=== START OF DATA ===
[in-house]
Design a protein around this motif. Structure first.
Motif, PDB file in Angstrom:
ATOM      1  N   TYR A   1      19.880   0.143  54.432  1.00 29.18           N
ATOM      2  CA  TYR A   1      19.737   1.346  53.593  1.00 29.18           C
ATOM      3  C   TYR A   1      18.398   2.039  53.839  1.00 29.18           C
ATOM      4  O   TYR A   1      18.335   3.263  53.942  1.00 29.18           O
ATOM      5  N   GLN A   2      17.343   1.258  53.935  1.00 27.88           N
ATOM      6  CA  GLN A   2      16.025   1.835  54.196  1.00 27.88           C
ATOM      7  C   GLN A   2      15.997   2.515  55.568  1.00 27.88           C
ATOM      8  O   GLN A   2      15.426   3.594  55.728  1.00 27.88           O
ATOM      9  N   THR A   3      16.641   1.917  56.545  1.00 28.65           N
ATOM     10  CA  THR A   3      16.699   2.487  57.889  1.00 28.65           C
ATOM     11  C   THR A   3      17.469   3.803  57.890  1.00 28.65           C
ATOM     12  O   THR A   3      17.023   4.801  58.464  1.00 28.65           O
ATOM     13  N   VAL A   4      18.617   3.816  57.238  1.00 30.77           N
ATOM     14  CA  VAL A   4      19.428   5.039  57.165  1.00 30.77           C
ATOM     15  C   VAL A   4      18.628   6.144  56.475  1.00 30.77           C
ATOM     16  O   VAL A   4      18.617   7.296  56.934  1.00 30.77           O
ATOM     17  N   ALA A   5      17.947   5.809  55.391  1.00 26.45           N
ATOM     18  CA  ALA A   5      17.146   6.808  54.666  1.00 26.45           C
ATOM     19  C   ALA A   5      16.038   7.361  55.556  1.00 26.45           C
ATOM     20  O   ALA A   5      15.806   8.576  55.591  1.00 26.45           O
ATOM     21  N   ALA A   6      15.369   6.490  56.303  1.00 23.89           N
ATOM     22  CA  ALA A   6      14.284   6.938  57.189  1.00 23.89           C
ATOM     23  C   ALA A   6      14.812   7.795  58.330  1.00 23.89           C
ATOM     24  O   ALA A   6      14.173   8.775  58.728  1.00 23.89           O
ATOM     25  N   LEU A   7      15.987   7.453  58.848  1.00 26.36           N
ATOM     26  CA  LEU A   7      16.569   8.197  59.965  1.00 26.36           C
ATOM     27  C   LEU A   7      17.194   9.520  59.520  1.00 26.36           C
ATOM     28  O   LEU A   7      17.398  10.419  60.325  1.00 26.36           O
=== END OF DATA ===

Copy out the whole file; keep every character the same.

[in-house]
Design a protein around this motif. Structure first.
Motif, PDB file in Angstrom:
ATOM      1  N   TYR A   1      19.880   0.143  54.432  1.00 29.18           N
ATOM      2  CA  TYR A   1      19.737   1.346  53.593  1.00 29.18           C
ATOM      3  C   TYR A   1      18.398   2.039  53.839  1.00 29.18           C
ATOM      4  O   TYR A   1      18.335   3.263  53.942  1.00 29.18           O
ATOM      5  N   GLN A   2      17.343   1.258  53.935  1.00 27.88           N
ATOM      6  CA  GLN A   2      16.025   1.835  54.196  1.00 27.88           C
ATOM      7  C   GLN A   2      15.997   2.515  55.568  1.00 27.88           C
ATOM      8  O   GLN A   2      15.426   3.594  55.728  1.00 27.88           O
ATOM      9  N   THR A   3      16.641   1.917  56.545  1.00 28.65           N
ATOM     10  CA  THR A   3      16.699   2.487  57.889  1.00 28.65           C
ATOM     11  C   THR A   3      17.469   3.803  57.890  1.00 28.65           C
ATOM     12  O   THR A   3      17.023   4.801  58.464  1.00 28.65           O
ATOM     13  N   VAL A   4      18.617   3.816  57.238  1.00 30.77           N
ATOM     14  CA  VAL A   4      19.428   5.039  57.165  1.00 30.77           C
ATOM     15  C   VAL A   4      18.628   6.144  56.475  1.00 30.77           C
ATOM     16  O   VAL A   4      18.617   7.296  56.934  1.00 30.77           O
ATOM     17  N   ALA A   5      17.947   5.809  55.391  1.00 26.45           N
ATOM     18  CA  ALA A   5      17.146   6.808  54.666  1.00 26.45           C
ATOM     19  C   ALA A   5      16.038   7.361  55.556  1.00 26.45           C
ATOM     20  O   ALA A   5      15.806   8.576  55.591  1.00 26.45           O
ATOM     21  N   ALA A   6      15.369   6.490  56.303  1.00 23.89           N
ATOM     22  CA  ALA A   6      14.284   6.938  57.189  1.00 23.89           C
ATOM     23  C   ALA A   6      14.812   7.795  58.330  1.00 23.89           C
ATOM     24  O   ALA A   6      14.173   8.775  58.728  1.00 23.89           O
ATOM     25  N   LEU A   7      15.987   7.453  58.848  1.00 26.36           N
ATOM     26  CA  LEU A   7      16.569   8.197  59.965  1.00 26.36           C
ATOM     27  C   LEU A   7      17.194   9.520  59.520  1.00 26.36           C
ATOM     28  O   LEU A   7      17.398  10.419  60.325  1.00 26.36           O